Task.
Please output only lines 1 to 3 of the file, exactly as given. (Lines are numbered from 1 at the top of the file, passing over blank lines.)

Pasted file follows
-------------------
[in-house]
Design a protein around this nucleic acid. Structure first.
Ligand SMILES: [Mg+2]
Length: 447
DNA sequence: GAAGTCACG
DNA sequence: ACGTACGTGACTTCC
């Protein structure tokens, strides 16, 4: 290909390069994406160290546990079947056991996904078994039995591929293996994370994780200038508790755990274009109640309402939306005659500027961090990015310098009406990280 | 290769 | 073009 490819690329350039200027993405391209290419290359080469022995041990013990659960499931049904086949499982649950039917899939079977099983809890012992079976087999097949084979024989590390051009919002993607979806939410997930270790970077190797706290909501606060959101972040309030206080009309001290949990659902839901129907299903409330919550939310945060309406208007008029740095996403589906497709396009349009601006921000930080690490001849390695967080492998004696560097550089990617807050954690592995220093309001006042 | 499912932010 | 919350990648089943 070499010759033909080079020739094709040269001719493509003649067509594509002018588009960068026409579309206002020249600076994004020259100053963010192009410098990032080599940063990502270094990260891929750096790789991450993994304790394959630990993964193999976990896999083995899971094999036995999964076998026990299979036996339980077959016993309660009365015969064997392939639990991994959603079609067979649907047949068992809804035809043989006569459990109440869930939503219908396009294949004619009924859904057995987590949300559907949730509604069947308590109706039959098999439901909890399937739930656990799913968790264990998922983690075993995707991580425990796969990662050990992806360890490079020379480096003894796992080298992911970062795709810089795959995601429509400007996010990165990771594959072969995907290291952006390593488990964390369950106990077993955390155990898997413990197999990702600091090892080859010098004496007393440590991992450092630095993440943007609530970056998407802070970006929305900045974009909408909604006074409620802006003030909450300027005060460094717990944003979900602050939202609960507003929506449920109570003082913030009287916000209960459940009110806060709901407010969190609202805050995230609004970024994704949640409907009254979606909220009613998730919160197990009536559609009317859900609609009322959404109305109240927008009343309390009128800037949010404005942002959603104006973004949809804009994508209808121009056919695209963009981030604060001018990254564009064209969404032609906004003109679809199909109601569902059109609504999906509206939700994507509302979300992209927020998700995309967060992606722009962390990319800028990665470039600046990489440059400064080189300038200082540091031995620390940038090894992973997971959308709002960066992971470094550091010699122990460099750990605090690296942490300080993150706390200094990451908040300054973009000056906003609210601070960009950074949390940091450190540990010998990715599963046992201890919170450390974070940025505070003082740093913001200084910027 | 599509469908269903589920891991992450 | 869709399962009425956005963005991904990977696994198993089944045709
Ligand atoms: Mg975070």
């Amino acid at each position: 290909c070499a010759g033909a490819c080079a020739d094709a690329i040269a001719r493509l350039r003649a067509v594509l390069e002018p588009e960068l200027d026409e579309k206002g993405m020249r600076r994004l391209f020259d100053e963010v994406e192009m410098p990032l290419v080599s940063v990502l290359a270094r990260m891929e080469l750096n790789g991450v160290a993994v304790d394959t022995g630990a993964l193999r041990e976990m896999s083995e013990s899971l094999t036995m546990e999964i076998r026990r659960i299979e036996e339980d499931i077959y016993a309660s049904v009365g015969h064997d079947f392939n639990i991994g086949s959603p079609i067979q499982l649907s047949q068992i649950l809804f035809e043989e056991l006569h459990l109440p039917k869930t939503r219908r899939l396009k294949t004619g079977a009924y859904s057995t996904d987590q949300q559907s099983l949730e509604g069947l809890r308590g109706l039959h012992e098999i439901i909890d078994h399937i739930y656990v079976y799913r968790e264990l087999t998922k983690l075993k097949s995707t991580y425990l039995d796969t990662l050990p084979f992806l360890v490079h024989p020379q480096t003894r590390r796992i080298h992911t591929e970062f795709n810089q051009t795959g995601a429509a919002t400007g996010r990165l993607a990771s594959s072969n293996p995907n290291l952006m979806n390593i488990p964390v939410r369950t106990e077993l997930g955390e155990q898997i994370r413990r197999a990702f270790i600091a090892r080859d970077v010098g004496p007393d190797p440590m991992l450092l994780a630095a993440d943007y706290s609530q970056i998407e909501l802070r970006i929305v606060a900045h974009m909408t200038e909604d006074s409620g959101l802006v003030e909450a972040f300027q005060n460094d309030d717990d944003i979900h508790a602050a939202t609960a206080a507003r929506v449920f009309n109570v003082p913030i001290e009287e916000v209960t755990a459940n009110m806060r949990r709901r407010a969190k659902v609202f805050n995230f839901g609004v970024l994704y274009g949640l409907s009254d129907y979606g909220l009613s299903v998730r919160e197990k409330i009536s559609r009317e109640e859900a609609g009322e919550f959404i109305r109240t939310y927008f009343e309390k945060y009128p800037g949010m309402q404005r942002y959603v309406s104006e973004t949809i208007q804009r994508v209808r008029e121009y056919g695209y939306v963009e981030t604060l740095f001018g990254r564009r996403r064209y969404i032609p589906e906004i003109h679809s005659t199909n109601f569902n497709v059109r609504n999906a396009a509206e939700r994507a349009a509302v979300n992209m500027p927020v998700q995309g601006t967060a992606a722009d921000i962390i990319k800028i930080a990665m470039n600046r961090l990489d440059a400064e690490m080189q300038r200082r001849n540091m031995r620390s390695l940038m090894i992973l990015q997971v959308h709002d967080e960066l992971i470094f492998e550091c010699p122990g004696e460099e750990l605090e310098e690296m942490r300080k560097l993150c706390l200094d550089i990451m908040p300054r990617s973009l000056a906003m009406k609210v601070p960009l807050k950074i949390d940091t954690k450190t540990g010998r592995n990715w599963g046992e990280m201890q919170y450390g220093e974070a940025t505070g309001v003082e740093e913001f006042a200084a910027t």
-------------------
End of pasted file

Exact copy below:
[in-house]
Design a protein around this nucleic acid. Structure first.
Ligand SMILES: [Mg+2]